Each one of these classes has their own number of medications, and each class has its own pluses and minuses for the treatment of type 2 diabetes. Generally speaking, and according to the Canadian Diabetes Association Clinical Practice Guidelines—and other international guidelines—metformin remains the first drug of choice for the treatment of diabetes. Unless of course the patient urgently needs insulin, if they are in metabolic decompensation or severe symptoms of hyperglycemia. But putting that group aside, metformin remains first choice. The guidelines then recommend individualizing our choice for second choice medication, depending on the individual patient’s needs. And here’s where the different classes of the medications come in.
For example, DPP-4 inhibitors are an excellent second choice for patients who are slightly above target, and need a little extra to get down to their target A1C. They tend to have minimal side effects, mostly gastrointestinal, but they’re also not as efficacious, and you can expect maybe a half a percentage point or so reduction in the A1C.
When not to use them would be if certain side effects occur, particularly there has been some concern about pancreatitis, and therefore if a patient has a history of pancreatitis I tend to avoid that class of medication.
SGLT-2 inhibitors work by a different mechanism. They tend to promote some weight loss and lower blood sugars to a greater degree—to maybe up to almost one percent sometimes or even more. And therefore if you have a patient who is not doing well with metformin alone, who has a significant amount of weight to lose, an SGLT-2 inhibitor would also be an excellent choice.
The other thing to keep in mind is that this class of medication has recently been shown to be a benefit in cardiovascular outcomes. And therefore, if a patient has either a history of cardiovascular disease or is at high risk, then that would be a good second choice as well.
Recent data has also suggested some of these medications can also improve patients who have mild to moderate chronic renal failure, and therefore this might be an appropriate second choice as well. Side effects to keep in mind is there will be increased urination and thirst, patients need to worry about this medication if they can’t take in oral fluids with a concurrent illness, and there is an increased risk of mycotic infection, so if that’s been an issue that may be one to avoid.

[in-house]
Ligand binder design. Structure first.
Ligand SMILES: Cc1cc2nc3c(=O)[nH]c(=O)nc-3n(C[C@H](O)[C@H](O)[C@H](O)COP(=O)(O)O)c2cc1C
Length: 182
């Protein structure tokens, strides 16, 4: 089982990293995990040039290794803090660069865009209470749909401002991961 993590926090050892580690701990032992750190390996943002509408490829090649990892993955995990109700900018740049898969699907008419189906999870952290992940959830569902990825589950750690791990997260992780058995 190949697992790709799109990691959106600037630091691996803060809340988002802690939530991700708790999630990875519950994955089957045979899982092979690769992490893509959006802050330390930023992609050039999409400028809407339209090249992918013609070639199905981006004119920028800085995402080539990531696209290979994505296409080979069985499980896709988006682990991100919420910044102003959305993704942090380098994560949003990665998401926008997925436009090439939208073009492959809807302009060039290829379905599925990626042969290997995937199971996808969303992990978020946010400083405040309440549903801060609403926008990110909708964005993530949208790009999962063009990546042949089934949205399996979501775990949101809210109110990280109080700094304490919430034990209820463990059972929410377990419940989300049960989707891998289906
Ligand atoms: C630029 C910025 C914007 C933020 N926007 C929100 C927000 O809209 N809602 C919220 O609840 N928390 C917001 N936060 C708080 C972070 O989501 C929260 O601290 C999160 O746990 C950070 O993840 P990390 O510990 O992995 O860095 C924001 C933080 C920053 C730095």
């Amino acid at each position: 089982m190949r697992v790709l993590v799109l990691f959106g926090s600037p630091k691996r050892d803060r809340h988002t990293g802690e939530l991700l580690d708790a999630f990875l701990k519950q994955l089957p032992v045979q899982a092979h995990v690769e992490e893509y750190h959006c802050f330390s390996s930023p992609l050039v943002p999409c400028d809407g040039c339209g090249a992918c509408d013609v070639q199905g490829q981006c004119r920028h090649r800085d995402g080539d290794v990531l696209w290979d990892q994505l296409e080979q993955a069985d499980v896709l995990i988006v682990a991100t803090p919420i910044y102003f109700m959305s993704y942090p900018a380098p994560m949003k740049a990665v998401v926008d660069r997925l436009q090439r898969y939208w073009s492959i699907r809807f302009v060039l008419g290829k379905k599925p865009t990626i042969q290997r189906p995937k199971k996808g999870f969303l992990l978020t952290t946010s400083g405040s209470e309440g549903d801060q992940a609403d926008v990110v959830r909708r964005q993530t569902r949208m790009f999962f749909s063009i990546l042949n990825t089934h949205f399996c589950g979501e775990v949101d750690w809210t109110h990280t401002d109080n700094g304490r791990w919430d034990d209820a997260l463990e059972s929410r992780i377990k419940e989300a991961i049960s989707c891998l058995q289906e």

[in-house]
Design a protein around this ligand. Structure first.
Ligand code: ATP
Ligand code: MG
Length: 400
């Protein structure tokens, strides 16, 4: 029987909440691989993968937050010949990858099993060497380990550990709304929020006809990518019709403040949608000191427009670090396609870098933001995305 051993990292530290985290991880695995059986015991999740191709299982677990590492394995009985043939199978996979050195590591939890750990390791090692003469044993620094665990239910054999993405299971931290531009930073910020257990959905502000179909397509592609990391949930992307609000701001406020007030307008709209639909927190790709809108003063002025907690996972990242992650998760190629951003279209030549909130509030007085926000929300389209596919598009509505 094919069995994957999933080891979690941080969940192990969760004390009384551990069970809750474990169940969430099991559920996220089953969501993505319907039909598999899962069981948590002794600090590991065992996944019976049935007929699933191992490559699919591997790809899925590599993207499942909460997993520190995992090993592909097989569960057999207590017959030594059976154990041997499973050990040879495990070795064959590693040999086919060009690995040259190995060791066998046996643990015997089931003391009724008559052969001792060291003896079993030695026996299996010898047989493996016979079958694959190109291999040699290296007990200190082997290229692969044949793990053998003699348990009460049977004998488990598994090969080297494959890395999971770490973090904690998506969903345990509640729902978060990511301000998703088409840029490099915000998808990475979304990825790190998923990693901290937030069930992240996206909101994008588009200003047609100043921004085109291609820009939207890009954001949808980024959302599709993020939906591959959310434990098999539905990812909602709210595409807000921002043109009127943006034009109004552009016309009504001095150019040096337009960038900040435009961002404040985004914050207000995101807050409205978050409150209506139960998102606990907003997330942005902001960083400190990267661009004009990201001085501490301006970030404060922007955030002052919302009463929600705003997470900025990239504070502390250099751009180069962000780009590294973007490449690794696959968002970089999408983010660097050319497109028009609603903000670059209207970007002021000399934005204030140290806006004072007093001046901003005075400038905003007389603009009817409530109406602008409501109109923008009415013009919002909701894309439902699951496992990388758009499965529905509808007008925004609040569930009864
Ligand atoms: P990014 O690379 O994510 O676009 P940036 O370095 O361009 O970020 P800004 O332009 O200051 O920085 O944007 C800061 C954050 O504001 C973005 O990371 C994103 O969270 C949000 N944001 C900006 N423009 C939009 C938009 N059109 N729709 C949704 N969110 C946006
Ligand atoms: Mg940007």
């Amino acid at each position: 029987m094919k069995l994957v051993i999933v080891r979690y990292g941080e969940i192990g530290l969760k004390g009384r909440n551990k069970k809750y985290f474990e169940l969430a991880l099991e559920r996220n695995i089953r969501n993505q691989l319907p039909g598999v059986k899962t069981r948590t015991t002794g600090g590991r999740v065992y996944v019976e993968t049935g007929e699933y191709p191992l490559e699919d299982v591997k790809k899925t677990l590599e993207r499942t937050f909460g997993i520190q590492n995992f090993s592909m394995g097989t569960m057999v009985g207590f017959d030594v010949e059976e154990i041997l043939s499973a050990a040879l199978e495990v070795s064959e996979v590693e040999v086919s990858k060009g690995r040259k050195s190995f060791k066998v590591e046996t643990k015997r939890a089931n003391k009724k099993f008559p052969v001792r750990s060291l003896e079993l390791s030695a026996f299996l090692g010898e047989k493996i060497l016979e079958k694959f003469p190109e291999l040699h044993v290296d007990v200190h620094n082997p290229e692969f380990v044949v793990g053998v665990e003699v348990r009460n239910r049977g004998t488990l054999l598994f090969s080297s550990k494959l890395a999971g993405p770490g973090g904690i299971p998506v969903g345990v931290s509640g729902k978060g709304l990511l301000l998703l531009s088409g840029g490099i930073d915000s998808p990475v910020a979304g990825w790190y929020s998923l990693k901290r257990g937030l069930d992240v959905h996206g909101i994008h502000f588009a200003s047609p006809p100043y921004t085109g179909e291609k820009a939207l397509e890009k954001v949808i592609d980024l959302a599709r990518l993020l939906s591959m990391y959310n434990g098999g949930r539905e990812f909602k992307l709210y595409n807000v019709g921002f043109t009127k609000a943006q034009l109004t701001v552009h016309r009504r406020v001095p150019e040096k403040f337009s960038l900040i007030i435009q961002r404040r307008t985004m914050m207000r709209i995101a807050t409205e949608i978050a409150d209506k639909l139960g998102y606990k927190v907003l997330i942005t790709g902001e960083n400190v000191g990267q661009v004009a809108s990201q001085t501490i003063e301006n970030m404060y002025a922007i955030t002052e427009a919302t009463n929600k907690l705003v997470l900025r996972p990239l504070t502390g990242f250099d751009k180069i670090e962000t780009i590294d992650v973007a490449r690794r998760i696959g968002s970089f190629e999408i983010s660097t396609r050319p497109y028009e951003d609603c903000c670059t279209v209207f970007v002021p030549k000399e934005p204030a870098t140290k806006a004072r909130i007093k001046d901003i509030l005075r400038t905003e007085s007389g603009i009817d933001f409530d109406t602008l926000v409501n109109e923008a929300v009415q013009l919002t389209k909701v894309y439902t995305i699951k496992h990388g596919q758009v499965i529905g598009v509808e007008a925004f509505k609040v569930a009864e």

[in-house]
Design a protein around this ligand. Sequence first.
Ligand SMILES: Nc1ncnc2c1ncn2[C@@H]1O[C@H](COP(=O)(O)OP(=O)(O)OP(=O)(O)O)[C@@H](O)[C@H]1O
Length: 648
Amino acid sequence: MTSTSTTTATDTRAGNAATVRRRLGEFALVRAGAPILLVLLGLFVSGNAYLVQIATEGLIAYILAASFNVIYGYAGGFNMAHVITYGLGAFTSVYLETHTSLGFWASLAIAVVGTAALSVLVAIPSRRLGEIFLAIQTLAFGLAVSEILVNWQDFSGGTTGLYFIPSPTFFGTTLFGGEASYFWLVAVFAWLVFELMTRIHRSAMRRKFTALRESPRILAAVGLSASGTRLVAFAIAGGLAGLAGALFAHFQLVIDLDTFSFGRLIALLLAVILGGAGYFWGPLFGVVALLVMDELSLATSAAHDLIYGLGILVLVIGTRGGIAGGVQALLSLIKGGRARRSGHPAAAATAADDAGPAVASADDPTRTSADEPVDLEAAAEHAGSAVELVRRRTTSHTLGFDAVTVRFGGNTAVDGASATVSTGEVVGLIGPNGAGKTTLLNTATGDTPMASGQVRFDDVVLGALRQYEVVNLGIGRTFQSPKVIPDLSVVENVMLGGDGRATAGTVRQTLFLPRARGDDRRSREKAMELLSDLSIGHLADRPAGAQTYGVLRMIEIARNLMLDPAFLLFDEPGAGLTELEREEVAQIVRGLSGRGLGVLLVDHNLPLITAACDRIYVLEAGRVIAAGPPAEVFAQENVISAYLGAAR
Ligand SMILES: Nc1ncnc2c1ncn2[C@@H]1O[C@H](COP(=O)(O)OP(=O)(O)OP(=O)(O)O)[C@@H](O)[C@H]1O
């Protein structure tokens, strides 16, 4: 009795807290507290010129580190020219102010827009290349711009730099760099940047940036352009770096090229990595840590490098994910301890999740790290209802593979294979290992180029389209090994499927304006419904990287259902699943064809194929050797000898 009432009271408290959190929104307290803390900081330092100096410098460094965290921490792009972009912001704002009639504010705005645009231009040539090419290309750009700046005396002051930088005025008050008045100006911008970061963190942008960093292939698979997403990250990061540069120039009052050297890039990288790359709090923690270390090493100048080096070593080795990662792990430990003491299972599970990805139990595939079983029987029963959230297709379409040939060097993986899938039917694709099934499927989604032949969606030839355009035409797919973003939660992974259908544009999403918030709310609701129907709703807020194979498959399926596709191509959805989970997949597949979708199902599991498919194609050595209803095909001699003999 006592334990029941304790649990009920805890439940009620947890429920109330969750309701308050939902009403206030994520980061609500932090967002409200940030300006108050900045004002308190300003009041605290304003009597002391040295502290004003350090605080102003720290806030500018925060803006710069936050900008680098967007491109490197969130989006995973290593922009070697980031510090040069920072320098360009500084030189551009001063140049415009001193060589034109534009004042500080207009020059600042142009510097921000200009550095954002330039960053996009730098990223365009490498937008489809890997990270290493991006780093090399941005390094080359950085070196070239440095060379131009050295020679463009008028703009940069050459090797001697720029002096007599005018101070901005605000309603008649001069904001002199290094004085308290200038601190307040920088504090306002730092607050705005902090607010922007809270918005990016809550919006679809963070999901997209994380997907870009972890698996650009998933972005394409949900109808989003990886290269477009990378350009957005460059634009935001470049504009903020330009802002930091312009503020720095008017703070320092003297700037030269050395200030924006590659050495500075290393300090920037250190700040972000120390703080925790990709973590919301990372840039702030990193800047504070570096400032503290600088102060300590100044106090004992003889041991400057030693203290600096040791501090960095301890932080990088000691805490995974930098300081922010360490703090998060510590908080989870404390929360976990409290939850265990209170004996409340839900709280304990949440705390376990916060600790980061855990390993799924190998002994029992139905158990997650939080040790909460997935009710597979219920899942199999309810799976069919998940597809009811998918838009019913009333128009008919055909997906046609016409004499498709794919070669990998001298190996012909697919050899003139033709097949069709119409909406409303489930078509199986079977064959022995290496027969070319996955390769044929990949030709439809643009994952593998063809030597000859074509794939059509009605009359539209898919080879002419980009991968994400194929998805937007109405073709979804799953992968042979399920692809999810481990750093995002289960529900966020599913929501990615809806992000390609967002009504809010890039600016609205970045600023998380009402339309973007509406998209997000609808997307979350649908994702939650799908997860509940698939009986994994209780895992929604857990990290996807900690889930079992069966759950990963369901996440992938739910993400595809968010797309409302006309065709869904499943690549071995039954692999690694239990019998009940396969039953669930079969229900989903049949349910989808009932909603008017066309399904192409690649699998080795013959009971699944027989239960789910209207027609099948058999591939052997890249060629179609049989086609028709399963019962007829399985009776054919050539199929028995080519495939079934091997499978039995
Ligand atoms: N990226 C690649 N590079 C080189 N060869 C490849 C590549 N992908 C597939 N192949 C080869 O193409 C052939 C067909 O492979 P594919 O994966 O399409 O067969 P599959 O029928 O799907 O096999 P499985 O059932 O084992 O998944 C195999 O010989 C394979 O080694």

Going to injectable medications, GLP-1 agonist, the glucagon-like peptide one agonist, are an excellent choice again, for some weight loss, and they’ve also been shown to reduce cardiovascular events, so if you have a patient who has, again, cardiovascular disease, or is at high risk, and needs to lose significant weight, this may also be an excellent choice if a patient is willing to take an injectable medication.
We used to have medications that were injected on a daily basis, but now there are newer formulations that have come out that can be injected once a week. And we often find that a weekly injection is much more tolerable, and the patients are much more amenable to doing that, than a daily injection. As well, there are some newer formulations under development for the oral formulations of GLP-1, so that may be something to look at in the future.
To summarize all this, if a patient needs urgent, quick diabetes control because of metabolic decompensation or severe symptoms, they need to take insulin. For the others, metformin remains first-line therapy, unless there are contraindications, and then if patients are failing on the first-line therapy of metformin, there are a host of other options which need to be individualized to the patient’s needs, based upon individual needs, plus or minus the side effect profile.
For more information, patients should speak to their family doctor, or speak to their diabetes nurse educator or endocrinologist.
Local Practitioners: Endocrinologist